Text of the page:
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Congressman Tom Marino

Representing the 10th District of Pennsylvania

A Trifecta that Will Revolutionize Congress

March 26, 2015
Press Release

Washington D.C.—Congressman Tom Marino (PA-10) reintroduced two pieces of legislation designed to fundamentally change the way Congress operates and joined forces on a third with Congressman Scott Peters (D-CA) to alter an internal rule dictating how proposed legislation makes its way to the House floor for debate and votes.

An amendment to the United States Constitution capping the amount of consecutive terms a representative or senator can serve in either chamber is nothing new to Congressman Marino’s agenda. This legislation (H.J. Res. 39) is part of his plan to freshen-up congressional business and restore public trust in the branch’s ability to legislate and govern. His proposal: six, two-year terms in the House of Representatives and two, six-year terms in the United States Senate.

“Too few have had power for too long. I always say 12 years and you’re out. If any elected official cannot learn the systems of either chamber and accomplish meaningful change on behalf of their constituents and the American people, then they ought to step aside and let a fresh face lead the way. I have great friendships and working relationships with many of my colleagues here in D.C. but a common thread among many of them is they have been here too long and not enough has changed for the better; it has gotten worse,” Marino said.

“Term limits should be to politicians what contract expirations are to athletes; work hard, prove your worth, get motivated, make a real and lasting change – or someone else will. Period. I really think this is something the American people, of every political persuasion can agree on,” he continued.

At the same time, Rep. Marino introduced another one of his favorite bills (H.J. Res. 40), dubbed “one subject at a time.” The name is self-explanatory; Congress should debate and vote on single issue bills.

“First of all, the people need to see exactly how and what their representatives are voting on; and in a format that is simple, easy to read and in plain English, not ‘legalese’. Congress has gotten in the habit of passing massive bills, containing multiple subjects, often with provisions not germane to the title or intent. If that is confusing to the American people, I guarantee it is confusing to many of my colleagues too. Single subject bills will increase transparency and lessen partisanship” said Marino.

“We have got to get back to debating, thoroughly, the merits of each bill as a stand-alone piece of legislation. Amendments need to be proposed and debated, from both parties, and then it needs to be voted upon; up or down. If it fails, the sponsors should go back and try again. If it passes, the Senate should take it up as is, and in an expedient manner,” Marino continued.

Marino’s efforts don’t end there. In previous Congresses he advocated for a rule change in House procedures to disallow a party’s leadership from preventing debate and votes on legislation that was passed out of a committee. Many of his colleagues took notice, including Congressman Scott Peters (D-CA), who took the idea one step further and proposed a resolution titled, “Amending the Rules of the House of Representatives to provide for the consideration of reported bills or joint resolutions that have not been considered by the House within 60 calendar days.”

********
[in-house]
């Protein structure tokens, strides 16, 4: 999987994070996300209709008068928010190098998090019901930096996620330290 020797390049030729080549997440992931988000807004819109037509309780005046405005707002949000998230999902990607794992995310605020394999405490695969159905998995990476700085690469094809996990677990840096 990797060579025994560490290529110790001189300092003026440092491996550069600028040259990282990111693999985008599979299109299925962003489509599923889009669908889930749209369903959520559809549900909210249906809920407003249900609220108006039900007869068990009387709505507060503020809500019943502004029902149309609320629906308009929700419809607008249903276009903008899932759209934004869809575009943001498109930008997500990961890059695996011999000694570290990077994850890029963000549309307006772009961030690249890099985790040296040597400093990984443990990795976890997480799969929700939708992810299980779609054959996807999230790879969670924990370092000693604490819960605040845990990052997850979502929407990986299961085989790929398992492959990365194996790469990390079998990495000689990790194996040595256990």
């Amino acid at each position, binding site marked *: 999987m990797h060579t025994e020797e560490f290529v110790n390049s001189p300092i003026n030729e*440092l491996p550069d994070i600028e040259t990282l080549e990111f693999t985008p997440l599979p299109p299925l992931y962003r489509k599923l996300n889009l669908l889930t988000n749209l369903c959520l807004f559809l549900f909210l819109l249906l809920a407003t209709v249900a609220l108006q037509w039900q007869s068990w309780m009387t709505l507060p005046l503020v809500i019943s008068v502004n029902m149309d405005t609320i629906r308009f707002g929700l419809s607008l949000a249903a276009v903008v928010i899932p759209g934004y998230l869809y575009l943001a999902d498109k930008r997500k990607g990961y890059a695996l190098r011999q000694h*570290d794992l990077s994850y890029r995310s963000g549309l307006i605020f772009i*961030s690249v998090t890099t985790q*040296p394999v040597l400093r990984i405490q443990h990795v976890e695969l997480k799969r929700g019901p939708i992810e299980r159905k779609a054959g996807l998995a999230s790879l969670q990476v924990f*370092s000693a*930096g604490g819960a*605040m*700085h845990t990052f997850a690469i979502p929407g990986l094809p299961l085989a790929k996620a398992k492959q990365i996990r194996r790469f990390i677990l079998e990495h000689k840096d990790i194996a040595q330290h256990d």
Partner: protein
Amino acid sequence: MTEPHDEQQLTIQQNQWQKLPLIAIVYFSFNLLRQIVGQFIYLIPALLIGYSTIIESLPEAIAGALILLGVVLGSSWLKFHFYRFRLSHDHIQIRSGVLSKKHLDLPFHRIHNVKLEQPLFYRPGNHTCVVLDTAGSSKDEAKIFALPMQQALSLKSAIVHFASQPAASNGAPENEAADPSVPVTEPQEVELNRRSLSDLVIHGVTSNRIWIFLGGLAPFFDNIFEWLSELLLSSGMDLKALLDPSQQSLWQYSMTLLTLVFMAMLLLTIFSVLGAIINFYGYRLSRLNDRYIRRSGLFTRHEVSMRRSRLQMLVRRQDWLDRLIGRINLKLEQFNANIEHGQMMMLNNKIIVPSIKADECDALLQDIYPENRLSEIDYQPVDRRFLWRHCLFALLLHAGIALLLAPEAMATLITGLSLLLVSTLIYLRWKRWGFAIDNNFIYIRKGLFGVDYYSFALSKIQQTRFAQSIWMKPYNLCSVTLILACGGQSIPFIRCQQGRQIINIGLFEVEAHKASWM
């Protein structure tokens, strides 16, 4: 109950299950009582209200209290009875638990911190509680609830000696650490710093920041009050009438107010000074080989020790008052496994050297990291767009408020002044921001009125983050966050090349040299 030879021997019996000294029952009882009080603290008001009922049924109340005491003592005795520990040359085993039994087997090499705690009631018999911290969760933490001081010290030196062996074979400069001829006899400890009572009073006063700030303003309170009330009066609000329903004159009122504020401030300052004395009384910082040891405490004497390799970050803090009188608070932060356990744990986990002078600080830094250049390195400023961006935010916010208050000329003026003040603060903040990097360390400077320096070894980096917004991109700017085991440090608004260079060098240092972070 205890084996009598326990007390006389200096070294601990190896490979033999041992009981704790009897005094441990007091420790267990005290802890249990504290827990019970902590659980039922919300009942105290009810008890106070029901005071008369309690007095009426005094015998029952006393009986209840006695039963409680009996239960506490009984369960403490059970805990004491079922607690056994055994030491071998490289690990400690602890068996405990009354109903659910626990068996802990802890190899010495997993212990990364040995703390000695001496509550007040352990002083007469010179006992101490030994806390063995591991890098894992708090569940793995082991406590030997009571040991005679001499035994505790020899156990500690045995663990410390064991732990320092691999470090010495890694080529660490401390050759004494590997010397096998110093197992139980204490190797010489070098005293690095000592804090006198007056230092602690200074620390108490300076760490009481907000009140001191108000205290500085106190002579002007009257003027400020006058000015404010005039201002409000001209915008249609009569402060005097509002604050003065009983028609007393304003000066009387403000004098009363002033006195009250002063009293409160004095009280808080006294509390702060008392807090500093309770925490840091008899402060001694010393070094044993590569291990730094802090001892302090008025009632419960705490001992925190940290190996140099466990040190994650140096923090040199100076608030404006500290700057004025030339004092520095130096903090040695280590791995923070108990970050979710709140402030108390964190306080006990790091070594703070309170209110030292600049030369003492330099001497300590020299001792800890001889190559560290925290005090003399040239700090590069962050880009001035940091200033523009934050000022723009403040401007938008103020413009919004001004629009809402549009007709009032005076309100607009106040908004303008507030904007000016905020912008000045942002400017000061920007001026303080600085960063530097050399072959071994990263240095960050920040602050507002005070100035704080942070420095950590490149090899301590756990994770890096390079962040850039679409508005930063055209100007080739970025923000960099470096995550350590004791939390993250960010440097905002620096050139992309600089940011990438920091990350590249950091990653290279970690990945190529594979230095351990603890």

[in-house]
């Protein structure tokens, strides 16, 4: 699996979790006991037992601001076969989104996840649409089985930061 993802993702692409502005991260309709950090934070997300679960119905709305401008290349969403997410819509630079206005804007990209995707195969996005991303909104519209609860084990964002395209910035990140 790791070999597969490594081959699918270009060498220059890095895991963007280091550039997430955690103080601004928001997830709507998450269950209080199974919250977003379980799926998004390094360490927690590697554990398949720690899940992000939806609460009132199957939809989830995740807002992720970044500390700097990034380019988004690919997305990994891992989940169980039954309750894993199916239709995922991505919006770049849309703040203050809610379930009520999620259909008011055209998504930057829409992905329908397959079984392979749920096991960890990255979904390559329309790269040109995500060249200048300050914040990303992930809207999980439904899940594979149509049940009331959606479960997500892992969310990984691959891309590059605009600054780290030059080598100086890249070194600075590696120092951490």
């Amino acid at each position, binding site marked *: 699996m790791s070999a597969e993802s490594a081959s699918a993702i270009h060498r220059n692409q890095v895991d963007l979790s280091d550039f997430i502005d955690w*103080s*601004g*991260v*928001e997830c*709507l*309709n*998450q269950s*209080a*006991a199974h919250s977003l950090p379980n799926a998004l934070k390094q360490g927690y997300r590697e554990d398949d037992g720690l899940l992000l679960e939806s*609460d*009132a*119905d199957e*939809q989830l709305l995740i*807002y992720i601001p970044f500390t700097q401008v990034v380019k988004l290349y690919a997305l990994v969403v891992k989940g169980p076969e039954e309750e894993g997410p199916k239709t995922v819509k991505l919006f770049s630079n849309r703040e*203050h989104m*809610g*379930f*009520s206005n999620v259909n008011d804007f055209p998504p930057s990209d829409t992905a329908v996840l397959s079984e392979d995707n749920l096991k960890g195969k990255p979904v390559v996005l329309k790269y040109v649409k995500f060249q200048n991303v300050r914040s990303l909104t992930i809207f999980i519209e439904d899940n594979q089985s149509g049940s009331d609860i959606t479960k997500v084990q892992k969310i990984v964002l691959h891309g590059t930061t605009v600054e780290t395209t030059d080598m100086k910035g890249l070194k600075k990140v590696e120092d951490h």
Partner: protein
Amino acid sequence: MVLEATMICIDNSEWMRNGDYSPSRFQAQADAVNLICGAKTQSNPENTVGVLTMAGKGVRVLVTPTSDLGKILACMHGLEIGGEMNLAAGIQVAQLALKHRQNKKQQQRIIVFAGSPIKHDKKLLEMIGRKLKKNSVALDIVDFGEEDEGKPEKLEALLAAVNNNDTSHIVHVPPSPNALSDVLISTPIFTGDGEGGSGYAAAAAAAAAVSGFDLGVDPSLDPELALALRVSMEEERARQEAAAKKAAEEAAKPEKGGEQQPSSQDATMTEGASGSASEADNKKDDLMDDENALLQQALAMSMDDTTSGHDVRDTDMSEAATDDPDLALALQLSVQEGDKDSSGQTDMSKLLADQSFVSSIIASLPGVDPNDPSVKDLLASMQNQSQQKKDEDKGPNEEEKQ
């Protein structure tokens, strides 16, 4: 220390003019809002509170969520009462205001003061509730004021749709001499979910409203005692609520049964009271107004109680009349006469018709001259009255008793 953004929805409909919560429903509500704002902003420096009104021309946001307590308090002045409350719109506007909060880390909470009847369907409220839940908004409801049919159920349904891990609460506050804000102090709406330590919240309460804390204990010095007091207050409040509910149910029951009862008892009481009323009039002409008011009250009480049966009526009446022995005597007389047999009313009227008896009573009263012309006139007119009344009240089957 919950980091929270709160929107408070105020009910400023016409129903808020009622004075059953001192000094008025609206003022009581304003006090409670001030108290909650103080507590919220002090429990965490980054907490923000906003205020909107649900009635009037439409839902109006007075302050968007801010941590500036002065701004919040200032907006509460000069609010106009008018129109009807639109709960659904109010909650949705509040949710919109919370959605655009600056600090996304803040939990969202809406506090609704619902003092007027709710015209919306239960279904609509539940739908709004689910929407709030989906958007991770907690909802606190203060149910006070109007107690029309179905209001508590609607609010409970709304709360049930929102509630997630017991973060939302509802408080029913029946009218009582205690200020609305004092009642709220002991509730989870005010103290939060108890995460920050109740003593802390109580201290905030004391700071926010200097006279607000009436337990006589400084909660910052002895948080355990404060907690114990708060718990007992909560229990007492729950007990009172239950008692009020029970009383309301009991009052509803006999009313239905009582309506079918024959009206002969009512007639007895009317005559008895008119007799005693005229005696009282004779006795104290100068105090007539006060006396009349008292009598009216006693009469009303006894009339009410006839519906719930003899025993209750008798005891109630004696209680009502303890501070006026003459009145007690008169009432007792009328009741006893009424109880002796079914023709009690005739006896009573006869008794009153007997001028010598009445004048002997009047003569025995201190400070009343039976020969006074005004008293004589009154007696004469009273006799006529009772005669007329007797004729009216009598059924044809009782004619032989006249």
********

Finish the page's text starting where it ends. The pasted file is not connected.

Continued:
Marino said, “It is important people understand and know that good legislation can make it through a committee but never see action on the floor. From mine and Congressman Peters’ standpoint, that is not ok. The House is a historically deliberative and active body where concrete ideas are proposed, debated and eventually voted upon. I applaud Congressman Peters on his effort to garner support for this rule change that requires the House to take up bills or joint resolutions which have passed their respective committee(s) of jurisdiction within 60 days. That is more than reasonable. I plan to work with him to gain more support among our colleagues so we can move ideas to the floor instead of allowing party leadership more discretion about what sees action.”

The components of Marino’s trifecta are not necessarily new when proposed solitarily; many of his colleagues, past and present, have championed similar ideas. But Marino sees this trifecta as the solution to addressing the fundamental disconnect between Washington and the American people.

“I call these three proposals my hedgehogs. I base the idea from a Greek poet who told a story of a fox and a hedgehog. Many authors have expanded on the theory since but the core message rang true to me when I thought about ways to really fix some fundamental things about the way Congress conducts itself. The story is basic; the fox focuses on many maneuvers and sometimes ignores achieving the real goal. The hedgehog is different. It knows the big picture and focuses intently on doing some core things really well in order to achieve its goal. That is how I think about this trifecta. It is basic, focused and intent on fixing what’s really broken in D.C.,” Marino concluded.